The island of Foradada, meaning ‘pierced’, is crossed from one side to the other by a natural tunnel, 100 metres long and entirely above sea level, giving the island its name. The waves often crash onto the entrance to the cave, which is part of the marine area of Capo Caccia - Isola Piana, and it is the habitat of pigeons, gulls and great cormorants, which is why it is known as Grotta dei Palombi (Cave of the Pigeons).

It can only be visited via sea and you can do this in small and mediums sized boats, departing from the port of Alghero, operating boat trips that will also to you to Neptune's Grotto. You can enter from the west and follow a charming and captivating itinerary, made of impervious passages and sightings of rare species: yellow-legged gulls, shearwaters, ravens and above all the griffon vulture, which nests between the rocks at Punta Cristallo and, in the territory of Bosa, at Capo Marargiu.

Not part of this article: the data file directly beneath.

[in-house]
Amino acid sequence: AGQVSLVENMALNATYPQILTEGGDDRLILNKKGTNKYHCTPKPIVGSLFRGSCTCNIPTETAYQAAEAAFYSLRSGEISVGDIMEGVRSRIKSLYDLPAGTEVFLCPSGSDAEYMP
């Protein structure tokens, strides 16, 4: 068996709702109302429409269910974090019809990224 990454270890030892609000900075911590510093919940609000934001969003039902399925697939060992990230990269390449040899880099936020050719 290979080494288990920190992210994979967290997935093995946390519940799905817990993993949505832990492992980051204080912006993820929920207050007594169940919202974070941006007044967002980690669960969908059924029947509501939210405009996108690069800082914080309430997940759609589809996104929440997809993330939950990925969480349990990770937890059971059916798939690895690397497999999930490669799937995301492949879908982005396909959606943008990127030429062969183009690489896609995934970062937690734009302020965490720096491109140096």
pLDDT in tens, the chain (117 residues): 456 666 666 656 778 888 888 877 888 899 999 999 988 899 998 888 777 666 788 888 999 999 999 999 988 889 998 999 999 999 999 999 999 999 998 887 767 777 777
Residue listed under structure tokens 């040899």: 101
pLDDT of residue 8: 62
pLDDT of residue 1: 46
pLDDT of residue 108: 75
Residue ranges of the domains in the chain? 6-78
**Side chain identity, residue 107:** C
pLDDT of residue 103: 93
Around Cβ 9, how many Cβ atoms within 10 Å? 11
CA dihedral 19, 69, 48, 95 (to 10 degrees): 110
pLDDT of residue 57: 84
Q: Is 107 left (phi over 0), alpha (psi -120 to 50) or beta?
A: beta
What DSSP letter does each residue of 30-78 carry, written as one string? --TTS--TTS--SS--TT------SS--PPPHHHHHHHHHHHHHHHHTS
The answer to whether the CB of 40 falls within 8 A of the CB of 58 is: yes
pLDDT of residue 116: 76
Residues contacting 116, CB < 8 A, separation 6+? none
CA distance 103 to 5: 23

You can admire the western entrance from a panoramic viewpoint, which you can reach from the road leading from Cala Dragunara to the high cliffs of Capo Caccia: in front of them, there is the impressive whitish limestone rock named Foradada, a fragment of the coast that separated from the main island in ancient times and also has little underwater caves, the most spectacular of which you will notice on the northern side. An extremely rare endemic plant grows on its rocks: brassica insularis. The island, as well as the coast of Alghero that extends from Punta delle Gessiere to Capo Galera, is part of the protected area, which is safeguarded due to the unusual features of its landscapes and nature. It is a paradise for diving enthusiasts: there are at least ten underwater caves that can be visited, particularly at Punta dell'Asino, among which the splendid Grotta di Nereo, the largest underwater cave in Europe. On the seabed, marine life, once full of grouper fish, scyllarus arctus and lobsters, is still thriving with schools of barracuda and common dentex, which circle around the shallow waters and the gigantic adjacent rocks.